Departments might wish to consider establishing some protocols on information dissemination. For example, there could be a meeting within the first 24 hours that would focus on where the department and other agencies are at with the investigation and what processes are in play. Another meeting could then be scheduled within a couple of days of the incident that would be more formal and would share what facts are known about the incident. From then on, meetings would be held on an as needed basis up to the report of the formal findings of fact from the inquest. Processes such as this can counteract negative community perceptions of the police trying to hide information.

Community's Role

Minority community organizations have an important role in assuring police integrity and accountability. They can assist police in gathering the facts from all sides of the incident, and monitoring the investigation process. If there is dissatisfaction with this fact finding process, there are still other options to pursue.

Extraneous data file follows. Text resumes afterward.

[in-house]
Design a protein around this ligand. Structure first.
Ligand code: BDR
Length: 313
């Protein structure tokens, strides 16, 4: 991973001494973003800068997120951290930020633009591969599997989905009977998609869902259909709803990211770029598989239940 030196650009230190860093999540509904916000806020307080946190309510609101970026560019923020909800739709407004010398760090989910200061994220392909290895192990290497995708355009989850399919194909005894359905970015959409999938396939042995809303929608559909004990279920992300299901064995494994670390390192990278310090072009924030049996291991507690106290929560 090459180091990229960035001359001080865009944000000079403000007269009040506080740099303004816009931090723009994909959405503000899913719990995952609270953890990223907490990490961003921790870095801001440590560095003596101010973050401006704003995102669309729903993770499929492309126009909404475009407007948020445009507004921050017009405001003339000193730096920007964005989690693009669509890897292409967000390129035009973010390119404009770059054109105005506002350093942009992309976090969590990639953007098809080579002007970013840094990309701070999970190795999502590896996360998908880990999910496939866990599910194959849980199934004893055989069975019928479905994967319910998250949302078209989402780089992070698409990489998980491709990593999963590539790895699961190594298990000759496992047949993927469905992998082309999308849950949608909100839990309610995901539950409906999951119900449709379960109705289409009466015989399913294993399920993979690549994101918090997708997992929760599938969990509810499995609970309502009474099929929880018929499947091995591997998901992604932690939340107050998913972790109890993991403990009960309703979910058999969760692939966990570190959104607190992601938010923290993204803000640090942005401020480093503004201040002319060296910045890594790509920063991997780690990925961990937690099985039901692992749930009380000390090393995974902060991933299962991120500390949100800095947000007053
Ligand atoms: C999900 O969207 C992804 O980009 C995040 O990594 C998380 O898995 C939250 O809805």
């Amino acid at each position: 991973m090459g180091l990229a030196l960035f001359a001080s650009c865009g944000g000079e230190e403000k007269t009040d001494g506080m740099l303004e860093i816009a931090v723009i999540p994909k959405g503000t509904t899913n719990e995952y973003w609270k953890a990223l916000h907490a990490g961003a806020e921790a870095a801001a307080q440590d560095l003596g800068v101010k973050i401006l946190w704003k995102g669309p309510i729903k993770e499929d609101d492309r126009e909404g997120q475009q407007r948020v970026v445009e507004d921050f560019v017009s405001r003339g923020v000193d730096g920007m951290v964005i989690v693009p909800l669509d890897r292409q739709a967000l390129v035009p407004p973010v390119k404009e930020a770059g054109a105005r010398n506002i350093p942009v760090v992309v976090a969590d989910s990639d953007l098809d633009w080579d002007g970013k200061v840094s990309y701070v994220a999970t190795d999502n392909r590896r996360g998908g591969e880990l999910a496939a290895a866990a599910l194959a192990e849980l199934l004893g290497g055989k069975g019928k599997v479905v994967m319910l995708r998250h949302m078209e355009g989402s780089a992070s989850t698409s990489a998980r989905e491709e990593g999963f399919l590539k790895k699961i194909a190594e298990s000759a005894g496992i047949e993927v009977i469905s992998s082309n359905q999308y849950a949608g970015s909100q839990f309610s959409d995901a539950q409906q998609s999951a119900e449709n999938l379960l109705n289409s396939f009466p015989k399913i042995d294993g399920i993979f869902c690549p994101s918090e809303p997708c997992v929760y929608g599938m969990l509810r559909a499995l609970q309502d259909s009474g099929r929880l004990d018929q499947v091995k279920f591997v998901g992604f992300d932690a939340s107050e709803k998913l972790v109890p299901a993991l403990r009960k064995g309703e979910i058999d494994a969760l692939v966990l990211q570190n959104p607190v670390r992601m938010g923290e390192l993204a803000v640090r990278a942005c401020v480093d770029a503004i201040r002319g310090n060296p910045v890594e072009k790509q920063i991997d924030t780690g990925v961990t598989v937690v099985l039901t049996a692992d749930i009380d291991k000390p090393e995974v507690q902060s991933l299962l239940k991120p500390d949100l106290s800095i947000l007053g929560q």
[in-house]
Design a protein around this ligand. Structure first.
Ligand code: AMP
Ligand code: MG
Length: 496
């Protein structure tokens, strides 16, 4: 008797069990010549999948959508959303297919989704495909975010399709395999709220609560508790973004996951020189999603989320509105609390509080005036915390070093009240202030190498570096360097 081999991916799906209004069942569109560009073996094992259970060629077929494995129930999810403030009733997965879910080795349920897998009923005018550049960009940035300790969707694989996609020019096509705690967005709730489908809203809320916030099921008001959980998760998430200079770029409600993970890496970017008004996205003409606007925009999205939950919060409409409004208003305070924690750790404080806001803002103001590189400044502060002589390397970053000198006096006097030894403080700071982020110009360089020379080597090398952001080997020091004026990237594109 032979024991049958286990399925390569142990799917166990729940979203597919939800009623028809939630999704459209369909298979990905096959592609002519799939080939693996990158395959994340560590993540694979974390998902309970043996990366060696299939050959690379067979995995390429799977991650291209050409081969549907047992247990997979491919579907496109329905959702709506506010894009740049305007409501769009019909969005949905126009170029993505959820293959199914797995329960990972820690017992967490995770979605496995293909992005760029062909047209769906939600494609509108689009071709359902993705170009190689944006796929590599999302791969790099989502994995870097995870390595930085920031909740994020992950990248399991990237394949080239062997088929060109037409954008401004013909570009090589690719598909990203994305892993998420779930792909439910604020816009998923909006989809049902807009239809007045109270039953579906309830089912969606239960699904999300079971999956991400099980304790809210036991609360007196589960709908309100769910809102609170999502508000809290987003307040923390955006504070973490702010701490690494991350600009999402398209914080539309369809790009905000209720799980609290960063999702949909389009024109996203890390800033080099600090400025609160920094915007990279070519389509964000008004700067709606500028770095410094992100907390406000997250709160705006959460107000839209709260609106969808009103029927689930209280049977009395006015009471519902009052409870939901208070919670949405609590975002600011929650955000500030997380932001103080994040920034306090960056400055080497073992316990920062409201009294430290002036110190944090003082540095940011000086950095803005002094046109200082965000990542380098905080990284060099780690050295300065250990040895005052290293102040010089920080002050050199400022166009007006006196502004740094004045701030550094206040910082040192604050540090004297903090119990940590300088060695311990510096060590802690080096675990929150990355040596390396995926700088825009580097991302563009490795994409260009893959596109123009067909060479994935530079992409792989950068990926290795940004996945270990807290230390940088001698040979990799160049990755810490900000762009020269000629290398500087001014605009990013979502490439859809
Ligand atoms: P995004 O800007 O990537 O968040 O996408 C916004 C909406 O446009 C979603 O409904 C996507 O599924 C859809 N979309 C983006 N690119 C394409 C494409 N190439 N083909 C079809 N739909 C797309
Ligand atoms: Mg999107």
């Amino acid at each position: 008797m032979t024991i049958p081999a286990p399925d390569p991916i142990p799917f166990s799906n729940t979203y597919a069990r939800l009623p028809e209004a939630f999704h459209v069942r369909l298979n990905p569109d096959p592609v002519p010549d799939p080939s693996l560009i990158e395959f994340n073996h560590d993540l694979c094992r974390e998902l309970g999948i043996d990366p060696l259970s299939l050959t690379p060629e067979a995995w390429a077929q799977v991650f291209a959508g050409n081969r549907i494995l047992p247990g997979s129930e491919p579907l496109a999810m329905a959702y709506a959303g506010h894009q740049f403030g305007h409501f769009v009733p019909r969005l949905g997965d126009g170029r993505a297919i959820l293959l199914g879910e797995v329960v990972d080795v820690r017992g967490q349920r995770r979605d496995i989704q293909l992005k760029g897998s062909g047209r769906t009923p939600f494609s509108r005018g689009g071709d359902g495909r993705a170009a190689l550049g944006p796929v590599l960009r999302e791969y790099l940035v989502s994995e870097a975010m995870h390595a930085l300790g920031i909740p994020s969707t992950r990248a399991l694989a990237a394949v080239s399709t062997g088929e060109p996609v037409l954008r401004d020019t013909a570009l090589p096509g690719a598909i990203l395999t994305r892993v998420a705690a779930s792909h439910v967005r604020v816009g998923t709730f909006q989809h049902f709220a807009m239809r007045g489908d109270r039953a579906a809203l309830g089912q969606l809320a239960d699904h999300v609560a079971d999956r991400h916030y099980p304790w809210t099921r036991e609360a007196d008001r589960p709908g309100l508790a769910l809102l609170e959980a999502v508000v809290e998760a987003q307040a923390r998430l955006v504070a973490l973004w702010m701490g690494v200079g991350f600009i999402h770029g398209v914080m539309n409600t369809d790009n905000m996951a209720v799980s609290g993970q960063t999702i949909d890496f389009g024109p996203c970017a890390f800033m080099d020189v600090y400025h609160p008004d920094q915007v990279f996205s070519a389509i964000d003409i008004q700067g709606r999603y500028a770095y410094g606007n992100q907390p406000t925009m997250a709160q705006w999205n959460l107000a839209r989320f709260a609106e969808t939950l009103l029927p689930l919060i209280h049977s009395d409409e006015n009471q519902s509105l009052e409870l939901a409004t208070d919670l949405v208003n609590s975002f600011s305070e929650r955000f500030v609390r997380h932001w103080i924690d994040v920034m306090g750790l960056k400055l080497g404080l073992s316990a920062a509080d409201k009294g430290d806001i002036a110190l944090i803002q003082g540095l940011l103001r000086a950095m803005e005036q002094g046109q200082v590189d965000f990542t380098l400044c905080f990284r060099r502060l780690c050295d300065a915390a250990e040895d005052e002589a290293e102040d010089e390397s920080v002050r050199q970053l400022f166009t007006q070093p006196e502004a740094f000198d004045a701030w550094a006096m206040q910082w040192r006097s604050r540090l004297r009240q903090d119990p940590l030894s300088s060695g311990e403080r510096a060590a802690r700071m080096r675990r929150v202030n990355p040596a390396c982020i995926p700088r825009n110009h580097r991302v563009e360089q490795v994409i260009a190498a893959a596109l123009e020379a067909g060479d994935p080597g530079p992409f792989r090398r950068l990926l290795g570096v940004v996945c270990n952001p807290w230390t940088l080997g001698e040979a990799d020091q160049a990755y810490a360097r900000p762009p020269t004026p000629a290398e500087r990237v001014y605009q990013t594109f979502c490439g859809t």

The police claim that community groups often want answers before there has been an opportunity to make even a preliminary investigation of the situation. The police believe that minority community organizations at times "go public" with their allegations after a questionable incident before getting the facts. Some police chiefs feel that once a public attack has been made on the police, the damage to their department has been done - even if subsequent information shows conclusively that the allegations were groundless.

When a controversial police-minority incident occurs, a community organization's response should focus on feasible solutions to the problems that gave rise to the incident. Too often a confrontational approach is taken that involves premature demands or impractical remedies, i.e., calling for the immediate indictment of the officer involved in the incident or the immediate firing of the police chief before the facts are known.